Rochester, Minnesota


witzig.thomas@mayo.edu Clinical Profile


Thomas E. Witzig, M.D., has been a hematologist-oncologist for more than three decades, and has led a translational research laboratory since 1986. His research is focused on translational research in multiple myeloma and lymphoma.

Dr. Witzig's current focus is on the development of targeted agents for the treatment of malignant lymphoma. Specifically, his team is focusing on identifying the signaling pathways used by lymphoma cells to grow and survive, and on preclinical evaluation of agents to target those pathways.

Dr. Witzig has also contributed to many clinical trials, ranging from phase I to phase III. These trials include radioimmunotherapy, novel immunotherapy and chemotherapy agents, addition of novel agents to standard therapy, and translational research with biomarker analysis.

Focus areas

  • Lymphoma Specialized Program of Research Excellence (SPORE) grant. Dr. Witzig is the principal investigator for Mayo Clinic in the National Institutes of Health Lymphoma SPORE grant, carried out in collaboration by Mayo Clinic and the University of Iowa. He is also the principal investigator of a project within the SPORE grant, investigating the role of JAK-STAT signaling in lymphoma and developing new therapies that interfere with this signaling.
  • Non-Hodgkin's lymphoma. Dr. Witzig was the principal investigator of a recent National Cancer Institute grant aimed at targeting tumor metabolism in aggressive B-cell lymphoma. The overall goal of the project was to profile lymphomas to identify growth-limiting metabolites and to access the potential of glycogen synthase kinase 3 as a therapeutic target in lymphoma.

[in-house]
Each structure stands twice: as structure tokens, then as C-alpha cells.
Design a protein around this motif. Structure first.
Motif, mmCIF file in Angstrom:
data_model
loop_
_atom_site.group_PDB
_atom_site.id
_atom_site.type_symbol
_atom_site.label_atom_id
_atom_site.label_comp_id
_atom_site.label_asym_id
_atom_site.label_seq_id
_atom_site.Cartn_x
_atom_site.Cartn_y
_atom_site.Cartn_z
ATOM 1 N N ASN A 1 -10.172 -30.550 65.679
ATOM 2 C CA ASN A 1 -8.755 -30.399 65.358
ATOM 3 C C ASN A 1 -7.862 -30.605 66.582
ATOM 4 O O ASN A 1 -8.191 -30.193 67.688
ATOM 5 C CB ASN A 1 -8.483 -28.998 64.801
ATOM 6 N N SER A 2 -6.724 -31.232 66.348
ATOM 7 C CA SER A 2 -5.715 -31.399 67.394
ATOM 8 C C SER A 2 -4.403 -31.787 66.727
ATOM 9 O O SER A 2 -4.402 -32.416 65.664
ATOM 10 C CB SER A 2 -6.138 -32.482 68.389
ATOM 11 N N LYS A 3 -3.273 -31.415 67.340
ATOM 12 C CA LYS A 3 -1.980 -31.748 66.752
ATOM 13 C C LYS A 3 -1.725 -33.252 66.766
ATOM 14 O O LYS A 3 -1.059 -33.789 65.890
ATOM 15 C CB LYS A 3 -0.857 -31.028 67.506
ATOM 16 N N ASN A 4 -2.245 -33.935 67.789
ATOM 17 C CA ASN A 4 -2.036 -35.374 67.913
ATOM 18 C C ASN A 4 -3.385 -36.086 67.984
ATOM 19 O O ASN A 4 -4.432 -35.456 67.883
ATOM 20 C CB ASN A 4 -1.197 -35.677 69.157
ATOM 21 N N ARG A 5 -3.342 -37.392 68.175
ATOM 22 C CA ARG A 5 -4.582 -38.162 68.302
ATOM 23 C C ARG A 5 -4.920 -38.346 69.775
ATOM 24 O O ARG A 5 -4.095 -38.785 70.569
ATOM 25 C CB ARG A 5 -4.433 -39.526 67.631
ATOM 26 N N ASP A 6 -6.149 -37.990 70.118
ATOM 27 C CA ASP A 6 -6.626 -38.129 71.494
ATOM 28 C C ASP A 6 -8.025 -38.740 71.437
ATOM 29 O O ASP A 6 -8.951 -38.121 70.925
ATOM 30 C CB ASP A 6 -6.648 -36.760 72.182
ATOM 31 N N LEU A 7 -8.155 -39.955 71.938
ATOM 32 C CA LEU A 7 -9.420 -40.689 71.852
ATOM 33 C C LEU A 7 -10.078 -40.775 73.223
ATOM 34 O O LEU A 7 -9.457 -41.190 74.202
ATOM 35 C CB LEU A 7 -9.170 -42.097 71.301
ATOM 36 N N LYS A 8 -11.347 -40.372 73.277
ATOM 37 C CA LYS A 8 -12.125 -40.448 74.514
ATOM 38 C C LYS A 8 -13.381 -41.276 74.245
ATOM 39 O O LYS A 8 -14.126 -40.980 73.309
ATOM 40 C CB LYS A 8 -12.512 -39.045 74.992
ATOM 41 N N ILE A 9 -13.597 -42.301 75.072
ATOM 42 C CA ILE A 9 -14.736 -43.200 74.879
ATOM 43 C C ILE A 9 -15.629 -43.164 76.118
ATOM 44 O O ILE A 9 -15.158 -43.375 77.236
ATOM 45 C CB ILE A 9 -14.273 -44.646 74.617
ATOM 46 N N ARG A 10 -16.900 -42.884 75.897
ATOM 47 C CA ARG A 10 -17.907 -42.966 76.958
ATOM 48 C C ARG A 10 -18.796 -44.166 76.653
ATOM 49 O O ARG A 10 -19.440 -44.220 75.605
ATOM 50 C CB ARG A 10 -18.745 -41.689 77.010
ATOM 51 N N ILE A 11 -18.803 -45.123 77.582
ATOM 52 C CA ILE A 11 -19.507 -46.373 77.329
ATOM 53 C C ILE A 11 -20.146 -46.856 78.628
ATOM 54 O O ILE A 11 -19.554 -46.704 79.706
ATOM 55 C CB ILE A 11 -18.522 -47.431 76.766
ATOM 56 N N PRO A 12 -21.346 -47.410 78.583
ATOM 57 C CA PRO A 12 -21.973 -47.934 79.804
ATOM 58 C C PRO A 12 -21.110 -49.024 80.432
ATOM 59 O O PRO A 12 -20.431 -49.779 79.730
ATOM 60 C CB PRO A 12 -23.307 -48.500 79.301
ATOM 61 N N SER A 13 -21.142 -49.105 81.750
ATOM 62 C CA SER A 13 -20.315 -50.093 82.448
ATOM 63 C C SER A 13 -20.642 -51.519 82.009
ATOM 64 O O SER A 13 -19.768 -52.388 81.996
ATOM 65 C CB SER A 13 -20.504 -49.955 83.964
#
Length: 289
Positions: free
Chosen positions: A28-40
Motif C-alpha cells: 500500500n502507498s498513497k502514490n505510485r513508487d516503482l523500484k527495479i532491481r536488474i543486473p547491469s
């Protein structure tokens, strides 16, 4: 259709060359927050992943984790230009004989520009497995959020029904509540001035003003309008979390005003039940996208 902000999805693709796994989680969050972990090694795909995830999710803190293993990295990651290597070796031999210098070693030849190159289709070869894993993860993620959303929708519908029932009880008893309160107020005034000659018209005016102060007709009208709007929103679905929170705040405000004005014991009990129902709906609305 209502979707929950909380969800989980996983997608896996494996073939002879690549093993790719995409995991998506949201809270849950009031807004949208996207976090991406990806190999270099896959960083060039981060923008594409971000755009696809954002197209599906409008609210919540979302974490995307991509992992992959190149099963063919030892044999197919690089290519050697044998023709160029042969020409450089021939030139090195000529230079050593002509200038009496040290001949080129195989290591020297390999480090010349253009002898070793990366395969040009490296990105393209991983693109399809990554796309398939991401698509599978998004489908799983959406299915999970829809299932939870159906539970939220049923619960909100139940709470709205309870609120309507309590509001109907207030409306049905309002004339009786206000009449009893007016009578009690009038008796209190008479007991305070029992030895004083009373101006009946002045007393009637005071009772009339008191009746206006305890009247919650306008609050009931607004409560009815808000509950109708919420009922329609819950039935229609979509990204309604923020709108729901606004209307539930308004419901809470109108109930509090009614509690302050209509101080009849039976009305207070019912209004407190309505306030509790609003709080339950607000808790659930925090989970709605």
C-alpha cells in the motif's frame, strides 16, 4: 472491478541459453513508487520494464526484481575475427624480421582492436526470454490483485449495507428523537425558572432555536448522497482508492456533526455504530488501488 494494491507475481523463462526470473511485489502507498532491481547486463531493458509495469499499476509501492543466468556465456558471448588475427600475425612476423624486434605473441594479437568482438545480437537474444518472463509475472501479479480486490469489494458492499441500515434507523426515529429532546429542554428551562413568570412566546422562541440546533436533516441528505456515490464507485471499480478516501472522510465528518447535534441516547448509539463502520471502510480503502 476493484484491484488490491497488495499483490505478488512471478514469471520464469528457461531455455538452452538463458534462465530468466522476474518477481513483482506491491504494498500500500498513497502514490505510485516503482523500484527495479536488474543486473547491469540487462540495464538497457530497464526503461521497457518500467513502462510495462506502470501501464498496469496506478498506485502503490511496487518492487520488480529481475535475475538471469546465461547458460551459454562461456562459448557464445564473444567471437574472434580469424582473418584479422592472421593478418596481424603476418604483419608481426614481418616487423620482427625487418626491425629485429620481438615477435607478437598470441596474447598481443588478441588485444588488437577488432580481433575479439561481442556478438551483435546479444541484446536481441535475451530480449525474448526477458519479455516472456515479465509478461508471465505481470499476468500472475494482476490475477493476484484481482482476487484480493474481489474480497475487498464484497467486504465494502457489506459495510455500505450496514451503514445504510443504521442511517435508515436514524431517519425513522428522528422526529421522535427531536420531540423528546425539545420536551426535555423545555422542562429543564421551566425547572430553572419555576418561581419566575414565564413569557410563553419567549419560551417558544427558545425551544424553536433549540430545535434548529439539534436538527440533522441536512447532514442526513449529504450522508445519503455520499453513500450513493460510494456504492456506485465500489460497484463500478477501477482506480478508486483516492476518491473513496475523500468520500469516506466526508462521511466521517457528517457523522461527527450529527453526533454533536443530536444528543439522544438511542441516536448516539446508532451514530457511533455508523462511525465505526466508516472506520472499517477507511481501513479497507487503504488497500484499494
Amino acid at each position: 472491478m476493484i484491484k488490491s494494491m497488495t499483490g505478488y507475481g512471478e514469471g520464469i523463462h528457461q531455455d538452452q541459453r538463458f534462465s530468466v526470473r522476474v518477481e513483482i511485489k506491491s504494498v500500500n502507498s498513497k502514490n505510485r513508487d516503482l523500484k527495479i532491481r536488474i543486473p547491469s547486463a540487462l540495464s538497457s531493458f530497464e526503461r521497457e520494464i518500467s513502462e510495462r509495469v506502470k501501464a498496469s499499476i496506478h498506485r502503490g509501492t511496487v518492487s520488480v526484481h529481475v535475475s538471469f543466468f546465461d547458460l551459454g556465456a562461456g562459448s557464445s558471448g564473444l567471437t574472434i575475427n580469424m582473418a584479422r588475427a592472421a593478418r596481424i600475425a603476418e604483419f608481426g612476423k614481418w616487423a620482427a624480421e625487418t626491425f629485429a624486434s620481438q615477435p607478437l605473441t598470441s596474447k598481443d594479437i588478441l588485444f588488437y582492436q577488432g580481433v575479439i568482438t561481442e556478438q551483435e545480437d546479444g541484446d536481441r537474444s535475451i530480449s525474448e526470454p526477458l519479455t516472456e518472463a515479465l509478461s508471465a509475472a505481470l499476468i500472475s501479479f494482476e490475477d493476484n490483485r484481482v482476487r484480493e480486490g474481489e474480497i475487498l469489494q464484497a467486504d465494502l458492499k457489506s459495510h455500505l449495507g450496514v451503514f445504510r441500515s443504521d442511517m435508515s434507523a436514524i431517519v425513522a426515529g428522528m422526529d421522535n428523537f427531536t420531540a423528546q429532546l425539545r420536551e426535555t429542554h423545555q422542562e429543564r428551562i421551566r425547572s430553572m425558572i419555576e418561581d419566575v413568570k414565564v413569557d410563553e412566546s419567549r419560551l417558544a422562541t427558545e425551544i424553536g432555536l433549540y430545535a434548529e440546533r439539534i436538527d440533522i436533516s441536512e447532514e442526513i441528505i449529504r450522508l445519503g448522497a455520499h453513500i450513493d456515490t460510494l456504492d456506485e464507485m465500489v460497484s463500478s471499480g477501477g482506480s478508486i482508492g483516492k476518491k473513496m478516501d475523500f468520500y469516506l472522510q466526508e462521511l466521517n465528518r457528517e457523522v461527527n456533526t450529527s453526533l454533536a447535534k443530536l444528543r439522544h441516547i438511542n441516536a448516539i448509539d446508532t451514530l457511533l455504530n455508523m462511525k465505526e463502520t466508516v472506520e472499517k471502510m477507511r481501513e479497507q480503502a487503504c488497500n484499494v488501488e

• Lymphoma outcomes epidemiology. Dr. Witzig is co-investigator on a National Cancer Institute grant aimed at establishing and maintaining a cohort of over 12,000 patients with non-Hodgkin's lymphoma. The cohort supports a broad research agenda aimed at identifying novel clinical, epidemiologic, host genetic, tumor and treatment factors that significantly influence non-Hodgkin's lymphoma prognosis and survivorship.

Significance to patient care

Dr. Witzig's long-term research goal is to improve understanding of the mechanisms of lymphoma growth and disruption to open the door to more-effective therapies and improved outcomes.

Professional highlights

  • Deputy director for Clinical and Translational Research, Mayo Clinic Comprehensive Cancer Center, 2015-present
  • Co-chair, Lymphoma Steering Committee, National Clinical Trials Network, National Cancer Institute, 2014-present
  • Co-chair, Lymphoma Translational Medicine Subcommittee, ECOG-ACRIN Cancer Research Group, 2009-present
  • Co-chair, Hematologic Malignancies Program, Mayo Clinic Comprehensive Cancer Center, 2007-2015
  • Recipient, Henry S. Plummer Distinguished Physician Award, Mayo Clinic, 2014


Primary Appointment

  1. Consultant, Division of Hematology, Department of Internal Medicine

Joint Appointment

  1. Consultant, Division of Hematopathology, Department of Laboratory Medicine and Pathology

Academic Rank

  1. Professor of Medicine


  1. Fellow - Medical Onocology Mayo Graduate School of Medicine, Mayo Clinic College of Medicine
  2. Research Fellowship - Clinical Hematology Mayo Graduate School of Medicine, Mayo Clinic College of Medicine
  3. Resident - Clinical Hematology Mayo Graduate School of Medicine, Mayo Clinic College of Medicine
  4. Resident - Department of Internal Medicine University of Iowa Hospitals and Clinics
  5. MD - Medicine University of Illinois College of Medicine
  6. BS - Biology Illinois State University

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